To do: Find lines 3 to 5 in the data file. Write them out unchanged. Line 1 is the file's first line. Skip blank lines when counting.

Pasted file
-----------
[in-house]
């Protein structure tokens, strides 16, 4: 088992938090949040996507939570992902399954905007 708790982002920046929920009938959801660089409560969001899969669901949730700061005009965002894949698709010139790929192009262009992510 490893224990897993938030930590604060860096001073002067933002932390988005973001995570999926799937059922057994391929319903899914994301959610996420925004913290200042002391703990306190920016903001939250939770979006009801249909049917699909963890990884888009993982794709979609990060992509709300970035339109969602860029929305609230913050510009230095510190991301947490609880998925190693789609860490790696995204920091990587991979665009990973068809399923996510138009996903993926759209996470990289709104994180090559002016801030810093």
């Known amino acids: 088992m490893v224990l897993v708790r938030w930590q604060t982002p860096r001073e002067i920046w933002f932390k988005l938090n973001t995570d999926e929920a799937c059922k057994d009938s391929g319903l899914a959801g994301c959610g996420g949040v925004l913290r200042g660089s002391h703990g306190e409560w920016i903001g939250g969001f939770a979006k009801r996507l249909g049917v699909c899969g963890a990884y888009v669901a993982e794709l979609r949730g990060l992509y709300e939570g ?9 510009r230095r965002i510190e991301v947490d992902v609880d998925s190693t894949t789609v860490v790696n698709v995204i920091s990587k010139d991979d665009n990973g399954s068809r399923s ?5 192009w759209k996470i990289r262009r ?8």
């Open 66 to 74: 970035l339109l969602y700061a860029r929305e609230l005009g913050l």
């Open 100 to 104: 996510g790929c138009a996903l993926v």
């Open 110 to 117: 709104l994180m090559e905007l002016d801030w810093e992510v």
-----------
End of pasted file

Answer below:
């Known amino acids: 088992m490893v224990l897993v708790r938030w930590q604060t982002p860096r001073e002067i920046w933002f932390k988005l938090n973001t995570d999926e929920a799937c059922k057994d009938s391929g319903l899914a959801g994301c959610g996420g949040v925004l913290r200042g660089s002391h703990g306190e409560w920016i903001g939250g969001f939770a979006k009801r996507l249909g049917v699909c899969g963890a990884y888009v669901a993982e794709l979609r949730g990060l992509y709300e939570g ?9 510009r230095r965002i510190e991301v947490d992902v609880d998925s190693t894949t789609v860490v790696n698709v995204i920091s990587k010139d991979d665009n990973g399954s068809r399923s ?5 192009w759209k996470i990289r262009r ?8």
């Open 66 to 74: 970035l339109l969602y700061a860029r929305e609230l005009g913050l």
């Open 100 to 104: 996510g790929c138009a996903l993926v």